Give Them Land, but No Irish Need Apply

Our Rural Heritage Graphic

By Sandy Vasko

There was a saying in Will County when the I & M Canal was being built: “There are three things needed to build a canal – a pick, a shovel and an Irishman.” Certainly, that seemed to be the case. Today we look at the Irish and how they came to be here.

At the same time the canal was being built, in Ireland the people were suffering because of the potato famine. And that’s where the canal commissioners did their advertising – on posters, in the newspapers and in person. The response was immediate. Soon Irishmen were landing in New York, Boston and Canada, bound for Buffalo, New York.

One thing I must interject here, is that the Canal Commissioners did not hire the labor force. The canal was portioned off into 24 sections, with each section having a contractor. It was the contractor who hired the men, housed them, fed them and sheltered them.

The commissioners did do one thing — They sent a lake boat to meet the new arrivals and carry them to Chicago. The fare was $13, $3 more if you wanted to be fed. If the prospective worker did not have the money, he signed an I. O. U. for the amount, with the stipulation that it be paid back as soon as the shores of Chicago were reached.

Of course, if the man did not have the money at the beginning of the voyage, he certainly did not have it when he landed in Chicago. Here is where the contractor stepped in. He would say to them, “I will pay off your debt to the canal if you come to work for me.” Of course, they agreed and off they would go, to the section delegated to that contractor.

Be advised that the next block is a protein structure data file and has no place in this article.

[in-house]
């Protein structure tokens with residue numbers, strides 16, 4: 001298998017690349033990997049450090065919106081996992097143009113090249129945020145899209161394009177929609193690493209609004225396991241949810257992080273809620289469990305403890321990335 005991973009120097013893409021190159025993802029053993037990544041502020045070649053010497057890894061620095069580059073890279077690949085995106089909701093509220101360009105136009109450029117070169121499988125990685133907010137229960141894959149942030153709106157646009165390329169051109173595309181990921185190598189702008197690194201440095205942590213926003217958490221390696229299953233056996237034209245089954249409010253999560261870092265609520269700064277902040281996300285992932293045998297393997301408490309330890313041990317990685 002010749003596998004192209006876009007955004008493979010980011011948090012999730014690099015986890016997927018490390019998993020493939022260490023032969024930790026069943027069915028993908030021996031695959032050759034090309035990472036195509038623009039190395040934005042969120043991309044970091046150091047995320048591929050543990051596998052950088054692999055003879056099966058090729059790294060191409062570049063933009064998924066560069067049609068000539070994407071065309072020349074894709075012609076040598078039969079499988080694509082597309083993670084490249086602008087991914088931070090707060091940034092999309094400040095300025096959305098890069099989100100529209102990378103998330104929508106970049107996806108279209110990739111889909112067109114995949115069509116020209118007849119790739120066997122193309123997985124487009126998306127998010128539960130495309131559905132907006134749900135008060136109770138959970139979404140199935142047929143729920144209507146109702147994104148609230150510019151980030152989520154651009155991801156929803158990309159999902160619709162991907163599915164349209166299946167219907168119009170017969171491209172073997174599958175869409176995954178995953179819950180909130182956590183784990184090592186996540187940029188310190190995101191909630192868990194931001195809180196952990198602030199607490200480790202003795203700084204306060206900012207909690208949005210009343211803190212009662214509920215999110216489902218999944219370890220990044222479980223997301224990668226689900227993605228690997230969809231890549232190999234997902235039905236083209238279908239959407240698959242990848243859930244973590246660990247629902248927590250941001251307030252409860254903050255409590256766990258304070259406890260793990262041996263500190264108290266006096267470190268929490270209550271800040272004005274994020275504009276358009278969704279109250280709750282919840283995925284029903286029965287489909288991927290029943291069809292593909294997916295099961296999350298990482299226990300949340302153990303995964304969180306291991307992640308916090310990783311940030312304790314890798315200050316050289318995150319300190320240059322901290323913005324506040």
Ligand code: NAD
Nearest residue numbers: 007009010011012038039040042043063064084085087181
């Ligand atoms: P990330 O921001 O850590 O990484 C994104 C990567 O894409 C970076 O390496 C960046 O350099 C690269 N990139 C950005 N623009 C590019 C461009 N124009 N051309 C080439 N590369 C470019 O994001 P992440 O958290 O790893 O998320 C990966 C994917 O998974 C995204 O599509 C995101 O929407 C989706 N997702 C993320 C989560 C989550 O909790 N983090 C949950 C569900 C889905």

There came a time when the State of Illinois, and the Canal Board had no more money to give. The work on the canal was not halted; instead canal script was issued instead. This paper money was printed by various banks in Illinois and was supposed to be as good as real money. Most merchants did not believe that, so very few agreed to take it.

There were really only two things it could be used for: goods at the company store and land from the I & M Canal Company itself. The Company had the mandate to sell land it owned, 20 miles on either side of the canal, to help defray its cost. The Irishman, who never had a hope in the world of owning land of his own back in the old country, immediately jumped at the chance.

This created a linear Irish community from the shores of Lake Michigan in Bridgeport, along the banks of the canal; Summit, Willow Springs, Lemont, Romeo, Lockport, Joliet and on westward. The first churches in most of these towns were Irish Catholic.

Not all citizens were happy about this. In 1855, Alexander McIntosh, the editor of the True Democrat newspaper wrote, “Ireland, for years, has been vomiting upon our shores the scum and excrescence of her bogs – her ragamuffin paupers and her wretched victims of squalid poverty, brutish ignorance and stolid superstition.

“In their native Isle they enjoyed and exercised no political rights – were a despised caste – were poor, miserable, cringing serfs, upon whose slavish necks rested the foot of despotic power – and were the blind devotees of Priestcraft; but when they put their foot upon American soil, they instanter are metamorphosed into brawling, insolent, menacing politicians.